func maximumCount(nums []int) int {
    var pos, neg int = 0, 0
    for _, e := range nums {
        if e > 0 {
            pos++
        } else if e < 0 {
            neg++
        }
    }

    if pos > neg {
        return pos
    } else {
        return neg
    }
}
Max of Negatives and Positives in Go ( from Code Report )

Code Report’s C++ solution requires knowledge of count_if and how C++ does lambdas:

int maximumCount(vector<int>& nums) {
    return std::max(
        std::ranges::count_if(nums, [](auto e) { return e > 0; }),
        std::ranges::count_if(nums, [](auto e) { return e < 0; })
    );
}

And the Rust solution requires knowledge of iterators, filters, and more.

pub fn maximum_count(nums: Vec<i32>) -> i32 {
    let pos = nums.clone().into_iter().filter(|e| *e > 0).count() as i32;
    let neg = nums.into_iter().filter(|e| *e < 0).count() as i32;
    std::cmp::max(pos, neg)
}

This Scala, C++, and Rust code may all cause a particular reaction in the unfamiliar: ‘why all the concepts used, when the solution could be so simple’. But the examples are quite different. The Scala one is showboating, and others are not1.

Crafting Clarity

All maximum count versions use the constructs of the language to express the algorithm straightforwardly. They require familiarity with the concepts, but they are an expressiveness win.

MaximumCount =. 0&(<./.>.) (+//)
This J solution uses dyadic operators yet is clear and direct to those who know J (or so I’ve been told)

The Scala solution is actually where legit complaints can come. In most cases, if you are inheriting code like that – code that reads a host and a port for a weather service and then gets the forecast for your city - if you inherit code like that, and it’s not in the context of research on chaining effects - then someone is showboating. It’s a simple problem expressed in a complex way. Maybe to show off or maybe for self-entertainment. Sometimes, people make things complex to keep themselves interested.

It can be hard to discern the reasoning behind a solution without all the context.

Pure Show Boating Is Rare

func main() {
    numbers := []int{1, 2, 3}

    sumChan := make(chan int)
    go func() {
        sum := 0
        for _, num := range numbers {
            sum += num
        }
        sumChan <- sum
    }()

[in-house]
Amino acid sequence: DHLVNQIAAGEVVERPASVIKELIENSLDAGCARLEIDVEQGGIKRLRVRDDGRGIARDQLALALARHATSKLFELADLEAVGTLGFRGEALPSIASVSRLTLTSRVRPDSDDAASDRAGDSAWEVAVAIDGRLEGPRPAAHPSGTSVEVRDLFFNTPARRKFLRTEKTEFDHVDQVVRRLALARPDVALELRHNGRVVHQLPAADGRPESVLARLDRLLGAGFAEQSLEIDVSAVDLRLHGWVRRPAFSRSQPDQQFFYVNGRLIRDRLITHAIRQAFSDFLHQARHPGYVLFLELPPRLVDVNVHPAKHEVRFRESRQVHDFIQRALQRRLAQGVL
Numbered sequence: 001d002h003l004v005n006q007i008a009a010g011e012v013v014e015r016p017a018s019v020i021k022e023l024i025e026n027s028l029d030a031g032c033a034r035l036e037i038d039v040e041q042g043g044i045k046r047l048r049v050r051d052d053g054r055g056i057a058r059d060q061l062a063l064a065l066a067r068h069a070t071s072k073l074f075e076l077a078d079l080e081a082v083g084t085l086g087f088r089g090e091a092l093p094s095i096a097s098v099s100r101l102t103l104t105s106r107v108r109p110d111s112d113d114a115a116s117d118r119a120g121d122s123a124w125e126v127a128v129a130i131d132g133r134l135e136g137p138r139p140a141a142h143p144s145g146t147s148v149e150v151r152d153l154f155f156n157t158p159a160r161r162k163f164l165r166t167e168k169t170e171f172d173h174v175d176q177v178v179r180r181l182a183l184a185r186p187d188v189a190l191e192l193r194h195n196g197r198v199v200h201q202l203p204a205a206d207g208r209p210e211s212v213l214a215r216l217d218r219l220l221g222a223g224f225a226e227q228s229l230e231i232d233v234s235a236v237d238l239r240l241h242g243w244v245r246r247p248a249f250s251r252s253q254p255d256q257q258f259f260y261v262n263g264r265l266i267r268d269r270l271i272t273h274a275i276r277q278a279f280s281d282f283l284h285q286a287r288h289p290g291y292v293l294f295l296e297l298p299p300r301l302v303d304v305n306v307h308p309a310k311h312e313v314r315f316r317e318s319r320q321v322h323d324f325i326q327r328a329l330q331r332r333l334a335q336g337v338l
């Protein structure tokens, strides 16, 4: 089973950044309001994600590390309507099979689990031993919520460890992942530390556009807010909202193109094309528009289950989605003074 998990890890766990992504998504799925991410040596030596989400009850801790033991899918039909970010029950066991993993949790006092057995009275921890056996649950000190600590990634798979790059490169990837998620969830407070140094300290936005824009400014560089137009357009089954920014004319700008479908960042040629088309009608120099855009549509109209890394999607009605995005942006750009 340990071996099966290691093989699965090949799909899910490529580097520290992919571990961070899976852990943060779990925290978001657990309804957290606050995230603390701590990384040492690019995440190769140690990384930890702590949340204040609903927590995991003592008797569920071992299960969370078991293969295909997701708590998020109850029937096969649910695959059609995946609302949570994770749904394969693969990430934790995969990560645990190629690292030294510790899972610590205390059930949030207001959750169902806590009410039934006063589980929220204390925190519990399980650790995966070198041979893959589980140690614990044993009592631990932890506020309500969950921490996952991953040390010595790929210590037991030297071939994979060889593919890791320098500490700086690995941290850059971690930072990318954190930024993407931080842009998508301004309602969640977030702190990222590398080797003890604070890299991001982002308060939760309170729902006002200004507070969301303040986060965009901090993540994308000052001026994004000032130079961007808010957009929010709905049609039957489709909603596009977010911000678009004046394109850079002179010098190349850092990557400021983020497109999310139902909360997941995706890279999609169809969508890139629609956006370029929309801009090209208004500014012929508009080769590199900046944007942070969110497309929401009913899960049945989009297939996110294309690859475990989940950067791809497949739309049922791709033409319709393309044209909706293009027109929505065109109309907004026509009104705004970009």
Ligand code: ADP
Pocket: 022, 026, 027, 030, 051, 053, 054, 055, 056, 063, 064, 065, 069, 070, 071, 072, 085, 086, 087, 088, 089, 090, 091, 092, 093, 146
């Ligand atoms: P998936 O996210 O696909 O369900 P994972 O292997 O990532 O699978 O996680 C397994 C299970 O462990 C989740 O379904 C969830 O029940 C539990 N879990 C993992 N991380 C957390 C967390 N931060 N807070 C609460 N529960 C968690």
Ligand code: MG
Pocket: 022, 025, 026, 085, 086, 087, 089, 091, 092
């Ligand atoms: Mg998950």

totalSum := <-sumChan
    fmt.Printf("Total Sum: %d\n", totalSum)
}

I think pure showboating is rare and rarely totally intentional. If you know all the intricate features of a language, then, you might reach for those features when you create a solution. And it might not be apparent that this will make newcomers struggle; it’s just the obvious way to structure the solution. It’s the curse of knowledge.

And add to that that most people using an expressive language enjoy the power they wield. And if you learn about a new feature, library, technique, or whatever, you might want to use it. And maybe sometimes you use it when it’s not strictly needed. And you wake up one day, and no one outside your group understands your code.

So use some constraint. Everybody goes through a maximalist phase where they use some feature more than they should, pushing a concept to its limits. But maybe do that in a side project and not the thing someone else will inherit.

...
from y in Enumerable.Range(0, screenHeight)
  let recenterY = -(y - (screenHeight / 2.0)) / (2.0 * screenHeight)
  select from x in Enumerable.Range(0, screenWidth)
    let recenterX = (x - (screenWidth / 2.0)) / (2.0 * screenWidth)
    let point = ...
    let ray = // And so on for 60 lines
...
This in LINQ Ray Tracer is cool, but nobody wants to inherit it.

If you’re in a group, and you’ve developed a house style for solving problems, that might be great. But if a new person who is bright and eager joins and you struggle to get them up to speed, that could be a reasonable signal to reflect on why that is the case.

Give It A Chance

The other side of this is tricky as well. If you encounter code or even a whole programming language where the code seems too clever by half, I think you should hold your opinion for a bit.

It’s easier to judge a given solution once you know the idioms in use and the way various features work and interact. That foreign-looking solution may be very well encapsulated in the expressiveness of the language in a way that is just unfamiliar to you right now. Maybe, a solution with just ifs and loops would be so lengthy that it’d be difficult to hold in your head all at once.

Maybe not, though. Some people look for challenges and create them where none exists. But… if you don’t know the idioms and patterns of the language, it might be too early to make that call.

Programming language features can make code clearer. They can improve readability. But each feature is also a new tool for writing horrible code. Is that worse than people writing horrible code with other simpler constructs? It might be, but it’s hard to judge a solution if you don’t know the language.

If you’re going to spend your career doing this, it makes sense to keep learning. To use a language that allows experts to cleanly solve problems. But yeah, just don’t leave piles of esoteric code around for others to inherit.


  1. This example is just for fun. Pawel improves upon it in his talk. I love Scala, but trying to write Haskell in Scala, even when its a bad fit, is endemic. I’ve been guilty of that myself.↩︎

Adam Gordon Bell %

Spreading the word about Earthly. Host of CoRecursive podcast. Physical Embodiment of Cunningham’s Law.
@adamgordonbell